How to Write the Common App Essay

How many times do students come into your office and tell you they don’t have good topics for their Common App essays? If your office looks anything like ours, that question might surface countless times during the fall of senior year.
That’s because most students think the first step to writing a great college essay is selecting a topic.
Guess what? That approach usually leads them down the wrong path. We’re going to share our single best piece of essay
writing advice so you can help your students stand out and improve their chances of admission to their dream schools.
Before they start writing the Common App essay(or any other personal statement), they need to ask themselves this question:

“What do I want colleges to know about me that is not apparent from the rest of my application package?”

The question may not seem like such a big deal. But each student’s answer is crucial. Without an answer, students have trouble writing college essays that help admissions officers decide if they are a good fit for that school.
College admissions officers want your students to reflect on their lives in the Common App essay. Keep in mind they are only 16 or 17; most of them have not had much practice delving deeply into their lives. Instead, they are focused on the future – thinking about education, career, travel, and dreams.
As counselors, you can guide them. Many of our students tell us they cannot answer that question when we first ask it. We assure them that they can, and we teach them how to reflect.

How to Help Students Answer the Big Question
You don’t need to be a writing teacher or a college admissions officer to help your students master this task. You merely need to understand high school students, and know how to get them to talk. I’ve never met a high school counselor who wasn’t up
for that job! You can offer to help them yourself, or suggest they seek out advice from a parent, a friend, a trusted
teacher or another adult. Start by asking your students to share their best attributes. If you know what they are, it is okay to share one or two traits to get them started.
Is your student industrious? Funny? A leader? Shy? Outgoing? Curious? A risk taker?
Focus on characteristics, not accomplishments or failures. Remind them that colleges will already know about their grades, test scores, awards, clubs and jobs. What they don’t know is what kind of person the student is. Once you are done chatting about traits they want to share, ask the question again:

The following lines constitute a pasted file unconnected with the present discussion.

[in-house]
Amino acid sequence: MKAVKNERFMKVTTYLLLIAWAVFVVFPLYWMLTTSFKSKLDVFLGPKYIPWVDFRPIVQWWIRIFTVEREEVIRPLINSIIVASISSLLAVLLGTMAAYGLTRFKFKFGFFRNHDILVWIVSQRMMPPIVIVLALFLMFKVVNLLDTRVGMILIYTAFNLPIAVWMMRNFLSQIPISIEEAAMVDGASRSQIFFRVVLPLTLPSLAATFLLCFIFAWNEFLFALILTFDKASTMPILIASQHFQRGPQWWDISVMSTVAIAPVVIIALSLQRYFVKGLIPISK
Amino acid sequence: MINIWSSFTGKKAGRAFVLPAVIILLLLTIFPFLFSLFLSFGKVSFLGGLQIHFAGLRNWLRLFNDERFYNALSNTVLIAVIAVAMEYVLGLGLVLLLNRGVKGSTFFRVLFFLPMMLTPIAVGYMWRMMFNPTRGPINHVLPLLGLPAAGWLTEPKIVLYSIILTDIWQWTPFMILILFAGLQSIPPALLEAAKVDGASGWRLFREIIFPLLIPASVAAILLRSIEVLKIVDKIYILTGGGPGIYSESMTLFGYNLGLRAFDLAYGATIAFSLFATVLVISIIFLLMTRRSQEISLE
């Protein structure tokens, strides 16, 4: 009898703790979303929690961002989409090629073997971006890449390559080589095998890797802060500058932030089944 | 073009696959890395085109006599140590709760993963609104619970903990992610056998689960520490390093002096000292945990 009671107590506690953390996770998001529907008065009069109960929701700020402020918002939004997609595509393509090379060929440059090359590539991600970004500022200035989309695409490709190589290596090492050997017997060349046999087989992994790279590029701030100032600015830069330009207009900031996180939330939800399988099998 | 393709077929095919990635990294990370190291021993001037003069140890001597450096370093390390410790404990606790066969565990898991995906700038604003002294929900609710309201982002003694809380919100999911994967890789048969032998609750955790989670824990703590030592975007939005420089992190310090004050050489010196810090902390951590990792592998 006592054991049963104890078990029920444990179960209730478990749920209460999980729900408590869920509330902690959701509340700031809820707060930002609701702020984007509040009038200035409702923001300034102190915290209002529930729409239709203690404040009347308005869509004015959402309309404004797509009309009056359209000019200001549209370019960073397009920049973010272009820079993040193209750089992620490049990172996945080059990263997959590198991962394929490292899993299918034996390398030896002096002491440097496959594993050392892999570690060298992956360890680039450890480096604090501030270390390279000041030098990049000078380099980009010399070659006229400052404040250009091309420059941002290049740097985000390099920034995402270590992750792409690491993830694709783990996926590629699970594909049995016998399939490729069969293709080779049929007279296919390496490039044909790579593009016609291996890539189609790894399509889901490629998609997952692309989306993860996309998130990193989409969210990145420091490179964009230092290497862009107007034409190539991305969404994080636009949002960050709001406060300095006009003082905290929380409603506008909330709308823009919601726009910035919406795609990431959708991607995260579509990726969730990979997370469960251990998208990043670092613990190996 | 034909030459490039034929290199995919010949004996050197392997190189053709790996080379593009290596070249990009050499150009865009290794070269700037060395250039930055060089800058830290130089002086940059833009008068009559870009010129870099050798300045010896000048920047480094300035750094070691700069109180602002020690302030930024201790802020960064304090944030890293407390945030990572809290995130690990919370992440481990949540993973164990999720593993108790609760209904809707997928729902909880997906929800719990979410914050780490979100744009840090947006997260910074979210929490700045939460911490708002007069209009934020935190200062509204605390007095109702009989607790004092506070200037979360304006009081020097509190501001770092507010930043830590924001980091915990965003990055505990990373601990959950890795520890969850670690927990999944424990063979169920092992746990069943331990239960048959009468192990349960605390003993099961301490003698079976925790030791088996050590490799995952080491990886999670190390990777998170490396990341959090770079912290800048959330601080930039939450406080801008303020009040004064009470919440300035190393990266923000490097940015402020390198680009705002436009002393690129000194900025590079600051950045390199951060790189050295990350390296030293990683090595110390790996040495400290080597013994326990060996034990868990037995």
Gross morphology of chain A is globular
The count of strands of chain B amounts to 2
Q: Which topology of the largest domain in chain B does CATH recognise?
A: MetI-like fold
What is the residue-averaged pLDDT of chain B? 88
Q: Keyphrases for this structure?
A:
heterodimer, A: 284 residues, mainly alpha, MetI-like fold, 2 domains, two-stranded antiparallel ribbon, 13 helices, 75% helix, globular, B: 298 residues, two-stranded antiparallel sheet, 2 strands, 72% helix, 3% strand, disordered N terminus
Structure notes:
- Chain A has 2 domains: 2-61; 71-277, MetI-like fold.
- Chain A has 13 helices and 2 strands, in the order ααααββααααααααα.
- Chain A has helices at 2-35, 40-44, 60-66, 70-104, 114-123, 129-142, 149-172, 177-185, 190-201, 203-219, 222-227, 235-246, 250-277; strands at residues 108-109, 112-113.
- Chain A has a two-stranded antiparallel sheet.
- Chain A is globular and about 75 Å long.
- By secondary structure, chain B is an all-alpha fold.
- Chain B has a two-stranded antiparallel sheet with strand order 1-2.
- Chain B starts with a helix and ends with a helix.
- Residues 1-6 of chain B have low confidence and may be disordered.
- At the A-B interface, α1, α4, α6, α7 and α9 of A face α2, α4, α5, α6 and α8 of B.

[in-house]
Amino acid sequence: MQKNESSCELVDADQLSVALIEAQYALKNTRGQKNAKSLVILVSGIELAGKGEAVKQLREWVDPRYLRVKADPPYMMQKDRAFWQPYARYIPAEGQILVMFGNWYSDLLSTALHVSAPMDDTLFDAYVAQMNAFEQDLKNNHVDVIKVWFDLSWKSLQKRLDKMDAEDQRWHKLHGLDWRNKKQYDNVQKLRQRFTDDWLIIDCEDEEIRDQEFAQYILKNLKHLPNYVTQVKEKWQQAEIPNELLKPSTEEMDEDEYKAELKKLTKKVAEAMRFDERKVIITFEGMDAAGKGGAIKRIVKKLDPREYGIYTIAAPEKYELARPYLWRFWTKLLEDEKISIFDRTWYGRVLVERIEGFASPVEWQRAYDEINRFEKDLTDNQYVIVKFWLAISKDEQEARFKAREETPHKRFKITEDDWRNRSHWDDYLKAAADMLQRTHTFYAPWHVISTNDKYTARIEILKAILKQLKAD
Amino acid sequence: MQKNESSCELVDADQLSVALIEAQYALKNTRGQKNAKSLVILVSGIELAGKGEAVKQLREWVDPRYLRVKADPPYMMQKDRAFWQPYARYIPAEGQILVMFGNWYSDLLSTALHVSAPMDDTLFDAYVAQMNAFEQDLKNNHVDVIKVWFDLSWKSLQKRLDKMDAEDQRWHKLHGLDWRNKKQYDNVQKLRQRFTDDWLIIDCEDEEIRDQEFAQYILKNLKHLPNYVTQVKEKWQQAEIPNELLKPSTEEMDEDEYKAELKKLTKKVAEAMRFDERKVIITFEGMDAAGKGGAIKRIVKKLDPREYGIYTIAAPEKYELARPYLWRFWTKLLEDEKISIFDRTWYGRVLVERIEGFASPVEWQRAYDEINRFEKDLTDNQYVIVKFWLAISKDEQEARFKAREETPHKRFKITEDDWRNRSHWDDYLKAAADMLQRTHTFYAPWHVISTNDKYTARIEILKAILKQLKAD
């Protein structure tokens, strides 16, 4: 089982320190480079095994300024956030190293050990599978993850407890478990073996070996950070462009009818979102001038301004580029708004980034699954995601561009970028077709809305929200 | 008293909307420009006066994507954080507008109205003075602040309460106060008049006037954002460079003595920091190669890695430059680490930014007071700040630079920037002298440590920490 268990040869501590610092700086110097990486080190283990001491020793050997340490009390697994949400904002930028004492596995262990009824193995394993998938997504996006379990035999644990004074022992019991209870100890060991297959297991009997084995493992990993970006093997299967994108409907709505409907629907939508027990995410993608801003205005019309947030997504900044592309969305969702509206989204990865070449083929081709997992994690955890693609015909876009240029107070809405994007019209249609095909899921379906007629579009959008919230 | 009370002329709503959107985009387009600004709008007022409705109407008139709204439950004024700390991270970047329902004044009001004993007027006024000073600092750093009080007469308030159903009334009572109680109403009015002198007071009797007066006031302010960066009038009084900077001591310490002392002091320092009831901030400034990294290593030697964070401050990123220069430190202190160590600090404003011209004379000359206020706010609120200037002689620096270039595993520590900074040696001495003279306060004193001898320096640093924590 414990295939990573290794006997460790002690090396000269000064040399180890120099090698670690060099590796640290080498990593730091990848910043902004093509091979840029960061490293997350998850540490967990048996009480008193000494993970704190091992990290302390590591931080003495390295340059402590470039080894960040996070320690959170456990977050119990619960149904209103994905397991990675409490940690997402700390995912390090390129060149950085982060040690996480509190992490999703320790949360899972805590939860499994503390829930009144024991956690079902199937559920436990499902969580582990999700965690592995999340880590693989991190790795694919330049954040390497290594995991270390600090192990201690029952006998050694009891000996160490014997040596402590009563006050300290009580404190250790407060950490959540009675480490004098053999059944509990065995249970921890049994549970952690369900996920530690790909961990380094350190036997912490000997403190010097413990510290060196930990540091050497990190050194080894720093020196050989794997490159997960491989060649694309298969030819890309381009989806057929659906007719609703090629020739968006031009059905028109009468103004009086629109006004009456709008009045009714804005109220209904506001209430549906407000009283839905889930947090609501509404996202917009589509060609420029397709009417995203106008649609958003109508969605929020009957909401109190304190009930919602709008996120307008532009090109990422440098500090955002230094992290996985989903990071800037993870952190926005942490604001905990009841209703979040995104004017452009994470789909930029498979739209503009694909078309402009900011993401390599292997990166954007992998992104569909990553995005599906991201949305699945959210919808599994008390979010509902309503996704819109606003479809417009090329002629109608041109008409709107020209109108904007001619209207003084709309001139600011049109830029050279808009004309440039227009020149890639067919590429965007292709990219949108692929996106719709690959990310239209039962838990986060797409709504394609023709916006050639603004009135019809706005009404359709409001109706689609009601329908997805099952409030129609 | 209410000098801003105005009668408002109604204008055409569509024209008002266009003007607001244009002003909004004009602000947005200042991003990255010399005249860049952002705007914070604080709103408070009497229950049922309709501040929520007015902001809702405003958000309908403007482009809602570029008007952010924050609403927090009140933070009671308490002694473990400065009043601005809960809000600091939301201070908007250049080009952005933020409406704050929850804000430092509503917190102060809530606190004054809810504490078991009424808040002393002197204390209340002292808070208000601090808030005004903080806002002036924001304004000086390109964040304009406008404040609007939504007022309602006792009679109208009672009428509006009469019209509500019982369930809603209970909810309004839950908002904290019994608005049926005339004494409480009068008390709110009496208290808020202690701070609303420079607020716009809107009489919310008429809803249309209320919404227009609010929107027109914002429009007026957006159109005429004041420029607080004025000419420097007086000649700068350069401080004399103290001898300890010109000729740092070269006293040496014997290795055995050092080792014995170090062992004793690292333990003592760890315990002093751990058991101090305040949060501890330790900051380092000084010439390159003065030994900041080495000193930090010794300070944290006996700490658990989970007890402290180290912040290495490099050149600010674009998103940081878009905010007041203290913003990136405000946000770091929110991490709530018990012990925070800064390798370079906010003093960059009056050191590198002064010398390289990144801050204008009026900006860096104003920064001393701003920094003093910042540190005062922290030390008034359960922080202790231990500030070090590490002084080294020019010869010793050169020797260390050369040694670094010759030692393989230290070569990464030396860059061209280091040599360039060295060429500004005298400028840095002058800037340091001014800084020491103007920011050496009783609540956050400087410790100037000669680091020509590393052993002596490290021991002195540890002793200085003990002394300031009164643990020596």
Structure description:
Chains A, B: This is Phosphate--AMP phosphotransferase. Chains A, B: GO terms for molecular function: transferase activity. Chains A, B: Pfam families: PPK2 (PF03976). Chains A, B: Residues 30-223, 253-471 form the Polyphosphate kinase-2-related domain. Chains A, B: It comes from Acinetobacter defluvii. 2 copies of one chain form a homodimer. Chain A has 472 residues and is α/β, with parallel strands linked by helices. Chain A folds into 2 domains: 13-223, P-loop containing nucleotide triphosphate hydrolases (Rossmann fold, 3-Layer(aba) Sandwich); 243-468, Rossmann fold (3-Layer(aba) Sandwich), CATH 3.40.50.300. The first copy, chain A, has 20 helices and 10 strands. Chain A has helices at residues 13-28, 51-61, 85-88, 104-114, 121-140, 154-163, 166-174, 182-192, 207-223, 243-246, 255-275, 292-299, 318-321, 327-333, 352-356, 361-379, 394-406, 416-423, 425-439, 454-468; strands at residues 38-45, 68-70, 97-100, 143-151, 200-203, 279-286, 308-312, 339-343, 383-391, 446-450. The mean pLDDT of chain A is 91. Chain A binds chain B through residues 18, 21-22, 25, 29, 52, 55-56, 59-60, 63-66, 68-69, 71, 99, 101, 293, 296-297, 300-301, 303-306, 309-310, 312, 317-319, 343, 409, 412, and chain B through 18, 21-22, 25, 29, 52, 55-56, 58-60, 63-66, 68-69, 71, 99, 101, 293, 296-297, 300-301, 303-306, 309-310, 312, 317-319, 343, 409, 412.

“What do I want colleges to know about me that is not apparent from the rest of my application package?”

With input from you, each student should be able to come up with an answer to that question. Then – and only then – it’s time to think about topics for their essays – stories that illustrate those characteristics.

Students Need to Reflect in Common App Essays
As Johns Hopkins University’s Associate Director of Admissions, Calvin Wise told me: “I never run into a colleague’s office and say ‘look at this 4.0 GPA.’ I will run into an office with a good essay to share; that excites me.”
To Wise, impressive grades and test scores are the norm. But his adrenaline gets pumping when he reads a great essay. Great essays illustrate what an experience meant to the student. They show how the experience shaped that young person. They
help admissions officers understand who a student is, beyond grades and test scores.

College Essay: The Most Challenging Part of the Application
At Wow, we understand the college essay is the most challenging part of the application. We also know you can help your students approach the essay in a way that will help them stand out. Every one of your students has a story to share. Colleges
want to hear it.

Kim Lifton is President of Wow Writing Workshop,
which developed the college admission industry’s
only proven process for teaching students how to
think about and write the essay so admissions officers
will pay attention to a student’s application.
Wow offers free resources to high school counselors
and to families. They also provide paid services for
every type of student, from a do-it-yourself essaywriting
program with a “virtual coach”, to essay
reviews and private coaching. For more information
e-mail Kim at